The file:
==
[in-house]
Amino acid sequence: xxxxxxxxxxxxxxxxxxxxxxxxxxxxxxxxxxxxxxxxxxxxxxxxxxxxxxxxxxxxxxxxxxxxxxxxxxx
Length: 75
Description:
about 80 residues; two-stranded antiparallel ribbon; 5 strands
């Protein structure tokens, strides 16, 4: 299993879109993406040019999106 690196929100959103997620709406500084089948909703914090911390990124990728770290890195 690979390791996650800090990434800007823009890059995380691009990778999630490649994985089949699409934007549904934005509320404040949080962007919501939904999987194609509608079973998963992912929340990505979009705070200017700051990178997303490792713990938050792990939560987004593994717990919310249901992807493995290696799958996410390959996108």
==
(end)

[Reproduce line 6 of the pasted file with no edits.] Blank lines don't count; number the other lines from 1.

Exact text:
């Protein structure tokens, strides 16, 4: 299993879109993406040019999106 690196929100959103997620709406500084089948909703914090911390990124990728770290890195 690979390791996650800090990434800007823009890059995380691009990778999630490649994985089949699409934007549904934005509320404040949080962007919501939904999987194609509608079973998963992912929340990505979009705070200017700051990178997303490792713990938050792990939560987004593994717990919310249901992807493995290696799958996410390959996108």